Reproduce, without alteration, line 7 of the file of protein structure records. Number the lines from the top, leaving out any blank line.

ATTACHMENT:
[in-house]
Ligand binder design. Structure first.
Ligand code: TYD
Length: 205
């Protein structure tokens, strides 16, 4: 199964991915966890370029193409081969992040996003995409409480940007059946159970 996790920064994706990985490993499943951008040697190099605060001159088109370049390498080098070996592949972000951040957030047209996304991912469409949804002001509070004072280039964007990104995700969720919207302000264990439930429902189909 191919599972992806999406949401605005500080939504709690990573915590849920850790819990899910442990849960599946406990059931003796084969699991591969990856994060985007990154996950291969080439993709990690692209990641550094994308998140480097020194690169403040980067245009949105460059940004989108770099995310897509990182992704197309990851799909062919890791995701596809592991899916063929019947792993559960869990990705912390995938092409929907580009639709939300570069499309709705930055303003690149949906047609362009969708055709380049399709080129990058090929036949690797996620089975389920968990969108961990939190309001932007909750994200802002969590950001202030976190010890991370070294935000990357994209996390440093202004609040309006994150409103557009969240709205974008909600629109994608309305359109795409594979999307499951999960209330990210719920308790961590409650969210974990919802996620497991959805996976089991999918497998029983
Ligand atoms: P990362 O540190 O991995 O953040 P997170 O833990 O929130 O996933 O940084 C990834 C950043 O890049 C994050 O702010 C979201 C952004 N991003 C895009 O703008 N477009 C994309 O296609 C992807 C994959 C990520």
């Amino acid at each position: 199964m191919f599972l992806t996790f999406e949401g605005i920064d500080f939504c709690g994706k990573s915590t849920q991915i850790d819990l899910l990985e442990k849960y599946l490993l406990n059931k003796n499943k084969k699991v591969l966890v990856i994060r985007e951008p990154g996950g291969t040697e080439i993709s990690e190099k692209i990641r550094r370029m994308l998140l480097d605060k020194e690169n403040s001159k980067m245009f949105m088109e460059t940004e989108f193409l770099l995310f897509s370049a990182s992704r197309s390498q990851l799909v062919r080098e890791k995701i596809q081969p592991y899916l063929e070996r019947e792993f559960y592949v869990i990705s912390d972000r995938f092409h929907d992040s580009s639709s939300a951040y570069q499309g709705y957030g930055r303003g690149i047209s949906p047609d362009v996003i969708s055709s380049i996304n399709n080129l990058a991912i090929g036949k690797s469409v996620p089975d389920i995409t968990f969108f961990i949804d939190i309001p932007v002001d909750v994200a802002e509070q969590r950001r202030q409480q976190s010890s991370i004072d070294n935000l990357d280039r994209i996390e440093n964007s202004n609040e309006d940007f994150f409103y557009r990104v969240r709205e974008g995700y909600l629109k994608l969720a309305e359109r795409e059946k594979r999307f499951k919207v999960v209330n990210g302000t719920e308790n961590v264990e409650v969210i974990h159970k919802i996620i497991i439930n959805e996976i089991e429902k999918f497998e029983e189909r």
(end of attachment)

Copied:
């Amino acid at each position: 199964m191919f599972l992806t996790f999406e949401g605005i920064d500080f939504c709690g994706k990573s915590t849920q991915i850790d819990l899910l990985e442990k849960y599946l490993l406990n059931k003796n499943k084969k699991v591969l966890v990856i994060r985007e951008p990154g996950g291969t040697e080439i993709s990690e190099k692209i990641r550094r370029m994308l998140l480097d605060k020194e690169n403040s001159k980067m245009f949105m088109e460059t940004e989108f193409l770099l995310f897509s370049a990182s992704r197309s390498q990851l799909v062919r080098e890791k995701i596809q081969p592991y899916l063929e070996r019947e792993f559960y592949v869990i990705s912390d972000r995938f092409h929907d992040s580009s639709s939300a951040y570069q499309g709705y957030g930055r303003g690149i047209s949906p047609d362009v996003i969708s055709s380049i996304n399709n080129l990058a991912i090929g036949k690797s469409v996620p089975d389920i995409t968990f969108f961990i949804d939190i309001p932007v002001d909750v994200a802002e509070q969590r950001r202030q409480q976190s010890s991370i004072d070294n935000l990357d280039r994209i996390e440093n964007s202004n609040e309006d940007f994150f409103y557009r990104v969240r709205e974008g995700y909600l629109k994608l969720a309305e359109r795409e059946k594979r999307f499951k919207v999960v209330n990210g302000t719920e308790n961590v264990e409650v969210i974990h159970k919802i996620i497991i439930n959805e996976i089991e429902k999918f497998e029983e189909r």